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As Cubs stare down pivotal winter, Jed Hoyer is ready for the challenge

2 years agoTony Andracki

Jed Hoyer won’t get much time to settle into his new job as Cubs president of baseball operations.

This is a pivotal winter for the future of the franchise. 

For starters, the “Core 4” are all nearing free agency. Anthony Rizzo, Kris Bryant, Javy Báez and Kyle Schwarber are under team control for only one more season and Willson Contreras is set to hit the open market in two years. The window of contention with this group is closing.

Hoyer said the front office does not have any ongoing extension talks with players right now, but expects those to pick up later this offseason. 

Then there are the bigger picture challenges facing the organization. 

This team has spent all but four days in the playoff hunt over the last six seasons, but they’ve also fallen short of their own expectations the last few Octobers and want to shake up the roster in some way this offseason.

There are still a lot of talented players and they’re led by David Ross, who just finished as a Manager of the Year finalist in his first season on the top step of the dugout. 

The building blocks are clearly there for the Cubs to go all-in for another World Series title in 2021. But they also want to prioritize the long-term future of the organization, especially with the potential of so many key players leaving town within the next couple years.

It’s possible to do both at the same time. That’s where Theo Epstein’s “thread the needle” comment comes into play. 

The challenge is figuring out how to do that.

“We have a great team; we have a team that won the division last year,” Hoyer said. “Obviously the playoffs have not gone as we hoped in two of the last three years. But ultimately the goal every year is to give ourselves a chance and that’s not gonna change. 

“In this job, you always have one eye on the present and one eye on the future. The truth is that given the service time realities, that eye might be a little bit more focused towards the future than usual. But that doesn’t take away from the goal, which is always to make the playoffs and give this organization a chance to go deep in October.”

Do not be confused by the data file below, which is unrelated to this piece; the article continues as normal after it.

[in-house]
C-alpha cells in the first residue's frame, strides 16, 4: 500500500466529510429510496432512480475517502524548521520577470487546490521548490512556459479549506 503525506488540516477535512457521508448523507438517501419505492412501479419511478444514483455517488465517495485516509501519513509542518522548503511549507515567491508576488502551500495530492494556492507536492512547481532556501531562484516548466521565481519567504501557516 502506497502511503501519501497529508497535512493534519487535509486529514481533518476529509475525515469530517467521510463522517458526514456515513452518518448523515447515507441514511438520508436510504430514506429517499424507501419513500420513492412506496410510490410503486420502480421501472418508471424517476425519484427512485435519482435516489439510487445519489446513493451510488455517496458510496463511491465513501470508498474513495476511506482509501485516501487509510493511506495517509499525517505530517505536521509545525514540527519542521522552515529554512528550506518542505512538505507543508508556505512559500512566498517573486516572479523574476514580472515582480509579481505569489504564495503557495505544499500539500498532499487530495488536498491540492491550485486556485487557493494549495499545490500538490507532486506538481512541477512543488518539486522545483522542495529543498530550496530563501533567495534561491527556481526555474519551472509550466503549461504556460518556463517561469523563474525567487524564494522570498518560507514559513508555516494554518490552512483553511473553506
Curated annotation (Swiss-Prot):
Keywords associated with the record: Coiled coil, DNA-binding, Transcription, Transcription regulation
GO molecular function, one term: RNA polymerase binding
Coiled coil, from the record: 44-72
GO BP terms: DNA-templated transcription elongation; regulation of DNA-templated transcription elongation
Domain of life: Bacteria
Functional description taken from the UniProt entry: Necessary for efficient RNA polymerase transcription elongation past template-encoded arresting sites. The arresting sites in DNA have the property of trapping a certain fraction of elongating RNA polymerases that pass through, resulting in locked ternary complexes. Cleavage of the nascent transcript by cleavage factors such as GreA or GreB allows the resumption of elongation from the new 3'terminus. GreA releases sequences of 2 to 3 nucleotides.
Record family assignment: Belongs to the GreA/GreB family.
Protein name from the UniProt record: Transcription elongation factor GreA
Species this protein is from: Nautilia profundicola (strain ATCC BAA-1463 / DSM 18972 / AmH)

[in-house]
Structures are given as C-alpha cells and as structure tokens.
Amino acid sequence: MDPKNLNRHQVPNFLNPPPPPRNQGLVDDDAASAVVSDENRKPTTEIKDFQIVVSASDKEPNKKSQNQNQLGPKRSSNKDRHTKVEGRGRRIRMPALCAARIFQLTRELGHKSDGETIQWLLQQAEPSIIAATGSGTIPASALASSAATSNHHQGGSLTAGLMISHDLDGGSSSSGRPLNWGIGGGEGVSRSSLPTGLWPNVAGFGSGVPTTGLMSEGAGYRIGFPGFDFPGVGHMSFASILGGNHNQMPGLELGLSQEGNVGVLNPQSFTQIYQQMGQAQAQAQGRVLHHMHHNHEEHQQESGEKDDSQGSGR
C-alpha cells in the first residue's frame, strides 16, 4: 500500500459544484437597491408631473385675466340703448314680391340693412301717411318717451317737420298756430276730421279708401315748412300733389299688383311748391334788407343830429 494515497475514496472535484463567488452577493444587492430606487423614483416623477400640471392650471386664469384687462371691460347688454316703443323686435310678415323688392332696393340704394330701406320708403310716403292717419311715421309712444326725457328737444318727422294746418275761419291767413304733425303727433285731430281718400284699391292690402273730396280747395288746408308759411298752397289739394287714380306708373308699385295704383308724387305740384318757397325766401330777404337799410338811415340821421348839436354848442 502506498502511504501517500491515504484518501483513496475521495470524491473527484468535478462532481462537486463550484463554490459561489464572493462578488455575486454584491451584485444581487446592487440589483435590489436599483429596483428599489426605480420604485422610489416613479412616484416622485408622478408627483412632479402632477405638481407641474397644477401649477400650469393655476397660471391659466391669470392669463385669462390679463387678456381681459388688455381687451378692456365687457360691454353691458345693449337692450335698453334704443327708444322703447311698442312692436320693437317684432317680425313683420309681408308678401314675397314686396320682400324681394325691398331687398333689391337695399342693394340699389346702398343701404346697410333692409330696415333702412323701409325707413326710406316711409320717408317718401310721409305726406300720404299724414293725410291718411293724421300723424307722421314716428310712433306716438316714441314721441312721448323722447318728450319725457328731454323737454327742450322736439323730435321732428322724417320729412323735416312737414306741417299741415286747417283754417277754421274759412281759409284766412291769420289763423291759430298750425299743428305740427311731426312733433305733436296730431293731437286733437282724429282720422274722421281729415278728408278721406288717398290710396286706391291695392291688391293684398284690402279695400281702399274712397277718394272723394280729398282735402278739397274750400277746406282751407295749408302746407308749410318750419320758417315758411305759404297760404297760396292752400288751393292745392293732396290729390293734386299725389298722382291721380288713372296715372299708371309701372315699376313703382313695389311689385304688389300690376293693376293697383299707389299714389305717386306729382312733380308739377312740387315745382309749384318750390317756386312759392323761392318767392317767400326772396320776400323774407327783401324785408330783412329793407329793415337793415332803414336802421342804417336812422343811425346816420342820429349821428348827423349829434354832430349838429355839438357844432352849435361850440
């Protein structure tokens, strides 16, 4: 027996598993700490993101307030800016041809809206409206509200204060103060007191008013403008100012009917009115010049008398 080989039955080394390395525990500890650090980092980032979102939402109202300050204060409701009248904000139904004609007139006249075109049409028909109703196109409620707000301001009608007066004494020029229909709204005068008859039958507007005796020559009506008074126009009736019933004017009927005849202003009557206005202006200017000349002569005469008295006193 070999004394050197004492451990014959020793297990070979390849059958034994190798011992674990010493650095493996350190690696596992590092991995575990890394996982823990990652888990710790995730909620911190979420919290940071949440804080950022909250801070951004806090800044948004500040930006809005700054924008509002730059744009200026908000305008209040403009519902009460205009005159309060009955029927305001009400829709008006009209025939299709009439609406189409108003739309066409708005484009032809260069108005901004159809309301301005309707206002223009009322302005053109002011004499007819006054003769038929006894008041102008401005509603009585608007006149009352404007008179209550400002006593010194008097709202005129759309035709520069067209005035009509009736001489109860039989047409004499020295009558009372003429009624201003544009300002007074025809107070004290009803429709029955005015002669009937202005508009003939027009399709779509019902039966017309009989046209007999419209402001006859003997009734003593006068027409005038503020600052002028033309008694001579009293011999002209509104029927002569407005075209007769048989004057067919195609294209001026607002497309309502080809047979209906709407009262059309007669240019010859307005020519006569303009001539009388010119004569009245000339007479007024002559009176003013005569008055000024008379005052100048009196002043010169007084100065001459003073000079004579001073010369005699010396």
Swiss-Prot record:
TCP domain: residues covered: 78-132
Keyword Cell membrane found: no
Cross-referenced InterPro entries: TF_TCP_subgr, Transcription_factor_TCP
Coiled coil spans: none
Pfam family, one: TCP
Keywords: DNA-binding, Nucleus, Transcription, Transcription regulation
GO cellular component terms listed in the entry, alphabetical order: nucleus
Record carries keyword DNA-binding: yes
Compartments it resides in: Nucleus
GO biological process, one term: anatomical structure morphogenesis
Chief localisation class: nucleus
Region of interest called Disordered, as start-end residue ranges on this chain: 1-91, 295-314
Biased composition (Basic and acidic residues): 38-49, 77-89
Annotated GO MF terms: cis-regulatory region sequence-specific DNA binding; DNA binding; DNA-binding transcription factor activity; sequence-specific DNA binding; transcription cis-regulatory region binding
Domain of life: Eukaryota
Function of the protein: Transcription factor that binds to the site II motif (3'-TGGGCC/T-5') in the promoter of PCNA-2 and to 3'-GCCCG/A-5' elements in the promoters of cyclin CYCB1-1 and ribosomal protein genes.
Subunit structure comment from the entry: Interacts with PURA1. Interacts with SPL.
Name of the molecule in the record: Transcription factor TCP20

Hoyer pointed to recent history — the 2016 Cubs, 2020 Dodgers and 2018 Red Sox — to show how the best team in baseball sometimes hoists the World Series trophy at the end of the year. 

But that’s not always the case. Much of the time, it’s simply about who gets hot at the right time and sustains that run throughout October — like the 2019 Nationals.

Since Hoyer and Epstein took over the Cubs front office nine years ago, they set their goal of sustaining success for this team from season to season. They knew that the more chances a team has at the playoffs, the more likely it is everything will fall in their favor.

The Cubs could certainly go the route of a full-on teardown and trade away most of their short-term assets in an attempt to build a new core to make another run at a title. 

But it’s more realistic that they try to balance both — winning in 2021 while also exchanging some short-term assets for long-term resources (either via extensions or trades).

“Given our resources and given our talent level, I think we should field a team that’s playoff-worthy every single year,” Hoyer said. “I think we can do that and have a team that’s positioned long-term as well.”

So expect some change to the Cubs roster this winter, potentially even some major change.

But with the NL Central wide open, the Cubs are once again setting their sights on competing for the division in 2021.

“One of my favorite aspects of this job is there’s always a new and different challenge,” Hoyer said. “The players change, the financial realities change, the rules of the game change, team-building strategies change. We faced a fascinating challenge when we got here nine years ago. Then, after building up the farm system, we faced another challenge to go from rebuilding to contention. 

“And now we face a new challenge imposed by the reality of our player service time and the realities of our world in 2020. As with all the challenges we have faced here, we will study them, we will use our collective experience and then we will move boldly to do what is in best interest of the franchise.”

 

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